From January of 1977 until the unit was deactivated in July of 1979, I lived and worked in the 1/43 AADCP. Being one of the last to witness the workings of the last of the North American Nike Hercules units, I have a fairly unique perspective on the subject and thought I would write some of it down for posterity since there appears to be a great lack of information on this subject recorded on the Internet and in fact I have read some misconceptions. Many of those that write about Nike Hercules units are unaware of the purpose of the AADCP or even that the Alaska units remained active for five years beyond the time of the AADCOM shutdown of the Nike sites in the lower 48 states.
This is written from the human perspective of a soldier that simply lived and worked there, and should not be interpretted as an authoritative work by someone with a view of "the big picture". Many years have passed since the 1970's and my own memories of the time and place are fading as the years go by, just as the pictures I have included in this document have been yellowing in their shoebox.
Over the years my thoughts have often wandered back to that time with great nostalgia and I have wondered what became of the people I knew and worked with as well as the facility that then served as both home and place of employment. Since that time, and up until I posted the first edition of this webpage in December of 2003, I had contact with only one other person that ever worked there, though I know there were many.
I will report the facts as I remember them (a big caveat there, folks), and I certainly welcome[d correction and input from anyone that was there that happened across this site for the eight years leading up to December, 2011. This project has now run its course.]
Because no one else has!
There is little remaining evidence that the place ever existed and very little documentation about its history as you will see in the follwoing paragraphs.
In December of 2003 on a whim I did a search on the internet for information about the Nike Hercules program and happened across Jeral Sexton's fine (but no longer extant) website that described some of the history of B Battery on site Summit east of Anchorage. I found it fascinating to see the condition of the old facility at site Summit, but was shocked to learn that A Battery at site Point had been razed to the ground at some point prior to 1996. Below is an aerial photograph taken in the summer of 1996 of the site where the main IFC (Integrated Fire Control) buildings at site Point stood. Only the foundations remain.
A photo of the AADCP building's remaining foundation in 2007:
Similar aerial photographs of the launcher area show that most of the buildings there appear to be intact. With further web searching I learned that point Campbell is no longer a military reservation and is now run by the city of Anchorage as a recreational area called Kincaid Park! Apparently the area is now famous as a cross-county ski and trail bike spot and one of the launcher buildings is now called a "chalet" in the tourist literature!
But even more disturbing was the fact that I could find not one photograph and almost no information in the way of any historical account of the old site. It is as if it never existed. Furthermore, there is very little information about what went on in a Hercules AADCP. I found it interesting too that a 1970 USGS topographical map of the area doesn't show a hint of the site. Not even an unimproved road. The 1985 version shows some of the roads, but no buildings - not even the launcher buildings that remain there to this day.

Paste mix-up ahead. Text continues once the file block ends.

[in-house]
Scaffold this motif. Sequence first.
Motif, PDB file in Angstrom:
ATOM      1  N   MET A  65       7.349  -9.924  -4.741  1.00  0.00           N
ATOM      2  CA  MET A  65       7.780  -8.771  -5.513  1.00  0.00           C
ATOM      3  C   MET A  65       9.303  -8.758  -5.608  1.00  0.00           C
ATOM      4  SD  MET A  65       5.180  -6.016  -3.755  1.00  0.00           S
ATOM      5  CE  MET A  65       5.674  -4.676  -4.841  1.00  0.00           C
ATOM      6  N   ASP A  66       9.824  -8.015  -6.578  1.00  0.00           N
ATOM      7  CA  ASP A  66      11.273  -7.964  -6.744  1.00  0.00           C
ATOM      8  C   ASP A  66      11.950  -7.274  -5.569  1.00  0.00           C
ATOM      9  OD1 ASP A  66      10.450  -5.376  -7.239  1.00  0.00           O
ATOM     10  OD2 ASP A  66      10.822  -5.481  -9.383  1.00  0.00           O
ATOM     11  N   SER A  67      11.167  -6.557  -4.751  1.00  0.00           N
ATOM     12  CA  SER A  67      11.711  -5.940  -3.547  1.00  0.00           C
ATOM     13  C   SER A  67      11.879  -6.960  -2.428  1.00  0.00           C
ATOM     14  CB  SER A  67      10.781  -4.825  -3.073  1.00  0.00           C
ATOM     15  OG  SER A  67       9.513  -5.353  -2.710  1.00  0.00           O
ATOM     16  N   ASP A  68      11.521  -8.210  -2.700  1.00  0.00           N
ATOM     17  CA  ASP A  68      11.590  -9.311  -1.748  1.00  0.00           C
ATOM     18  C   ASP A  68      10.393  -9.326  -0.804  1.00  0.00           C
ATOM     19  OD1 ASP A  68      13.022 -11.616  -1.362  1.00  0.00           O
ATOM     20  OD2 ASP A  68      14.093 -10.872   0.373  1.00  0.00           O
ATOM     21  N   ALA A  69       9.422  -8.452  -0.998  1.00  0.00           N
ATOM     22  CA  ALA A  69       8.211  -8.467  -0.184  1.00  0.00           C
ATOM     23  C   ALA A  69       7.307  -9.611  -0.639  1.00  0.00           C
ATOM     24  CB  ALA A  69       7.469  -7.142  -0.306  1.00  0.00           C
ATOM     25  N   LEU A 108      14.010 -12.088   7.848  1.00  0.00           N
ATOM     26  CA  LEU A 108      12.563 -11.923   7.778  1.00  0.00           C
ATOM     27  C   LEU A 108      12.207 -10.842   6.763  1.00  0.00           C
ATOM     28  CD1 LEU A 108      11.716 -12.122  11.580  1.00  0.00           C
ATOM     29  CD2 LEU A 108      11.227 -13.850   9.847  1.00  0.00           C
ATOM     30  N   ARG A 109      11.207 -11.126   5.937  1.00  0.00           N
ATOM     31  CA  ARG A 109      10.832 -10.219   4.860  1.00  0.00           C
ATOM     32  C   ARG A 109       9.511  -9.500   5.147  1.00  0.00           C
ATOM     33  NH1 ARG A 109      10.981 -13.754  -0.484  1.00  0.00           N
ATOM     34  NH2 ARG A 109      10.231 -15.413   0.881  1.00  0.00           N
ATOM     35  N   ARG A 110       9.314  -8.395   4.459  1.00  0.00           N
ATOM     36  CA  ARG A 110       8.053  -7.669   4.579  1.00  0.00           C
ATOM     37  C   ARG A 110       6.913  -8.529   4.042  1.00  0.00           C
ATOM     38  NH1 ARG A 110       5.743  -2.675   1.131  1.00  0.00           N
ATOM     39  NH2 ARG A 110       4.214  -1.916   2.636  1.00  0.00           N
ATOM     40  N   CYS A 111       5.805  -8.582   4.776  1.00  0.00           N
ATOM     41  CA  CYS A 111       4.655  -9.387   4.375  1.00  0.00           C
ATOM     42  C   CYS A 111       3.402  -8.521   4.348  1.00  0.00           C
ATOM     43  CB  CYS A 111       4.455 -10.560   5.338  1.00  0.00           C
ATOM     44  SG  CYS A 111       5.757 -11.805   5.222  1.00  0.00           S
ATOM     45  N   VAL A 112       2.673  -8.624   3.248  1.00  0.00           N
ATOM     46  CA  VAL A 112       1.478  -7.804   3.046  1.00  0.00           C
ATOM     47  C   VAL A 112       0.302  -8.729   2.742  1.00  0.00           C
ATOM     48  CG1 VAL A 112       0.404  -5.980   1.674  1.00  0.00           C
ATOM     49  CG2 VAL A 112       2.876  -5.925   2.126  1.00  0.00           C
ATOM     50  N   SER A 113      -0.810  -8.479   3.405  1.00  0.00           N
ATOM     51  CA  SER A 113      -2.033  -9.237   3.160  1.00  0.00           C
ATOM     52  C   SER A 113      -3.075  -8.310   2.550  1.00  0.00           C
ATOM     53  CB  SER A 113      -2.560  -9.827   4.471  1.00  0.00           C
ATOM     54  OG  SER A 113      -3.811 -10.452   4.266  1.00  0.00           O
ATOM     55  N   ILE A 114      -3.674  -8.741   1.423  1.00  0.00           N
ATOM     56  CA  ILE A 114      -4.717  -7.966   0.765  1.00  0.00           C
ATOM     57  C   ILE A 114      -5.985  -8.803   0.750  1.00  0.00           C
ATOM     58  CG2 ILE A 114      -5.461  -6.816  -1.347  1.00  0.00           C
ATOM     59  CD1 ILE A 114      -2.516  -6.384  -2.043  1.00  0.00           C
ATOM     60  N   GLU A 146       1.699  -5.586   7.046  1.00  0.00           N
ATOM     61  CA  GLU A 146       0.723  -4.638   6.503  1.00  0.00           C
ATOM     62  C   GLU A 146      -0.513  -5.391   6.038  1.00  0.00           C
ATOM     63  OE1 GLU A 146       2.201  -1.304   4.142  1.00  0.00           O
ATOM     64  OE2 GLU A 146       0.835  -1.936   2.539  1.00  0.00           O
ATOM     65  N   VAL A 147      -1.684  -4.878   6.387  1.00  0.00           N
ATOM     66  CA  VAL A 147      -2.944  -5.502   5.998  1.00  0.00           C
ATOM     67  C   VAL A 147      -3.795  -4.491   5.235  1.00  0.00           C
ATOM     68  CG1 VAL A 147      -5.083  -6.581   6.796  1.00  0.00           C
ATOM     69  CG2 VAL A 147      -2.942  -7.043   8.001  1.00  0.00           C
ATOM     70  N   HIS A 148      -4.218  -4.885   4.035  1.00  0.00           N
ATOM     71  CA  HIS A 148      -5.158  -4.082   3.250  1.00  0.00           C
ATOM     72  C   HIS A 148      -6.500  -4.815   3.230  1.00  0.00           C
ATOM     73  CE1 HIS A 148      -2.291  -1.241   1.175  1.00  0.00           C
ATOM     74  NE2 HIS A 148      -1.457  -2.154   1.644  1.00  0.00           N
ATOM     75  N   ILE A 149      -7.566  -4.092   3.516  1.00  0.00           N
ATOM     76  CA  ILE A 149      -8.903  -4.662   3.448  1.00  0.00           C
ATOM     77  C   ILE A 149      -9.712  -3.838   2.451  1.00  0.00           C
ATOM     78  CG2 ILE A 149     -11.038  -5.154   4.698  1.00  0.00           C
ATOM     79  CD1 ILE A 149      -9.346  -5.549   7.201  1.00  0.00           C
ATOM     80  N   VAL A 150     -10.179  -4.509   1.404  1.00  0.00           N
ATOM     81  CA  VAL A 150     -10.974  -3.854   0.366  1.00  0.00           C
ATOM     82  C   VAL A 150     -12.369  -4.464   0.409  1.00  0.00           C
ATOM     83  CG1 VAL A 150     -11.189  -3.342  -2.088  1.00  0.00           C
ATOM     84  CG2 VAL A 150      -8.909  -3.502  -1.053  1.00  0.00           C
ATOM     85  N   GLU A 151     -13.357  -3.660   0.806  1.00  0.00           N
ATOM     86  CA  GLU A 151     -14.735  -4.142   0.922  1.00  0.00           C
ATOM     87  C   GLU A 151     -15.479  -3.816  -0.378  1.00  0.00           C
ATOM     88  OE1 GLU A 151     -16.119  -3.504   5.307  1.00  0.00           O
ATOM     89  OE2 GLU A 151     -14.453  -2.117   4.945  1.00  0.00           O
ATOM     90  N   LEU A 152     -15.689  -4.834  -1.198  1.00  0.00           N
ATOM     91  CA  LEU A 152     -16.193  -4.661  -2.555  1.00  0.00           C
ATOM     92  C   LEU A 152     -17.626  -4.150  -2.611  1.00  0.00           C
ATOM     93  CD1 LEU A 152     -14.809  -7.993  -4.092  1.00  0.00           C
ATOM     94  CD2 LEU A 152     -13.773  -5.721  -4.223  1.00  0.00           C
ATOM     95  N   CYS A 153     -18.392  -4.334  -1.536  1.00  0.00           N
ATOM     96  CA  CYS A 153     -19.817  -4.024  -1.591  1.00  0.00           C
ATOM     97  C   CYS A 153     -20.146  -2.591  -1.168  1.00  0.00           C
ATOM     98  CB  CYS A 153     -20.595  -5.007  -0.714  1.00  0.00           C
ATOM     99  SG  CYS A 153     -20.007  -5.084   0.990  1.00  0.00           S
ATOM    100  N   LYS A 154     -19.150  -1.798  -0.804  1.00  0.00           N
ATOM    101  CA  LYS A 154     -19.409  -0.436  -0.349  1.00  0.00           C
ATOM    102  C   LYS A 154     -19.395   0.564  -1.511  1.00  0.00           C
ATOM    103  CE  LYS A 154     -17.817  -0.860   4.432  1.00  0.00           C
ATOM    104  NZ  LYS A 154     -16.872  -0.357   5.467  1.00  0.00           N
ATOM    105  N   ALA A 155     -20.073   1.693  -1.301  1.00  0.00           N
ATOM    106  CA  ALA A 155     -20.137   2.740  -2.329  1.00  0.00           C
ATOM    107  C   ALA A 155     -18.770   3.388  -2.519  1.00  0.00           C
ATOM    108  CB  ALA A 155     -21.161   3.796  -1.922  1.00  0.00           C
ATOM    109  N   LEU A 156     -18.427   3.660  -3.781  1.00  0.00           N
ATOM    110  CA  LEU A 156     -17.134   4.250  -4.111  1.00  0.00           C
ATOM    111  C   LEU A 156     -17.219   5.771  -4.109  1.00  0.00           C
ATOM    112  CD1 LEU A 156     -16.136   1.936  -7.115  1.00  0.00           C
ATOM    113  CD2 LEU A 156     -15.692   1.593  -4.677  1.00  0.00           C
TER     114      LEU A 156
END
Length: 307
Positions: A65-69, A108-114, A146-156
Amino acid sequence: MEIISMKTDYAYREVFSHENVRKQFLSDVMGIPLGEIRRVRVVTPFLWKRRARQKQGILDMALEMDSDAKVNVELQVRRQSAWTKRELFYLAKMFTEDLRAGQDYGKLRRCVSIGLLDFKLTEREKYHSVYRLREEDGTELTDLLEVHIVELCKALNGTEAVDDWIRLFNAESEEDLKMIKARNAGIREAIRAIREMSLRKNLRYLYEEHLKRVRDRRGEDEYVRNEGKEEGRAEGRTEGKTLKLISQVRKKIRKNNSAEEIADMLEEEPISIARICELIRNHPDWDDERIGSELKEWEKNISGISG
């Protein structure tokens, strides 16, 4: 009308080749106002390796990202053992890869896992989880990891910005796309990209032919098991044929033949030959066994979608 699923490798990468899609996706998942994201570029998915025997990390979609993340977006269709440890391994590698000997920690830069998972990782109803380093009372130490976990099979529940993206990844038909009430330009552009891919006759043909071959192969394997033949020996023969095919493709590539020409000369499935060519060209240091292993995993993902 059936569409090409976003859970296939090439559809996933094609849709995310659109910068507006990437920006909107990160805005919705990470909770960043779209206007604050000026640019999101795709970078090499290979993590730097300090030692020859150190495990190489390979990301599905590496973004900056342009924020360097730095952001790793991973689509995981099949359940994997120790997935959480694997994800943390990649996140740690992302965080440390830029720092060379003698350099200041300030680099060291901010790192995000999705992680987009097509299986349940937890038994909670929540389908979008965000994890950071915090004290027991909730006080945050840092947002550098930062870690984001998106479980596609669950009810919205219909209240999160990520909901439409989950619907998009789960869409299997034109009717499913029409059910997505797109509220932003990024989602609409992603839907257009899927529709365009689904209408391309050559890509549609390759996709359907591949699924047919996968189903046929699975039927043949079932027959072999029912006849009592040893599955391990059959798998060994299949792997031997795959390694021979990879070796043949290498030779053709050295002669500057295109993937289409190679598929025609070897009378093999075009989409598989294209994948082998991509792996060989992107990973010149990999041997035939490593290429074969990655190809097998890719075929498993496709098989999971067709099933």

One more item of "missing" documentation: a visit to the U.S.Army's Historical Lineage and Honors Information for the 1/43 (at http://www.army.mil/cmh-pg/lineage/branches/ada/0043ada01bn.htm) describes the unit's long lineage from WW1, through WW2, the Korean conflict, and the Cold War, then lists:
In the section where it lists the unit's Honors, we see that the 1/43 received the Air Force Outstanding Unit Award for ALASKA. That makes it pretty clear that the 1/43 was quite active in Alaska., right?
Now, since the 1/43 was reactivated again in 1982 and there is a current web site for the unit (which is now assigned to the 6th Cavalry Brigade and stationed in Korea), upon a visit to the web site's Lineage page (at http://6thcav.korea.army.mil/1-43ada/index.htm ), we read that "...the unit was re-designated in 1971 as the 43d Air Defense Artillery Regiment. The 1st Battalion, 43d ADA received the first PATRIOT equipment at Ft. Bliss... " and then it goes on to record the excellent service to the nation and the world that the unit has performed since then.
Did you notice that there is mention of the redesignation in 1971, but not one word regarding the service in Alaska or the deactivation in 1979?
This startling lack of historical information has lead me to create this web page before any memory of the facility is lost for all time. My regret is that the condition of my surviving photographs (which make up the lion's share of what is included here) is poor. They were not very good to begin with. At that time I had only a beat up 110-size pocket instamatic camera and a cheap Kodak polaroid. There was at least one guy stationed there at that time that had a real camera, but unfortunately I haven't heard from any of those guys since about 1981.
So, in a nut shell, I have put this web page together for the benefit of the hundreds of U.S. servicemen and civilian engineers that spent many long days and nights there over the twenty year history of the site (1959-1979), and to the families and other interested individuals to whom the place would otherwise remain a mystery.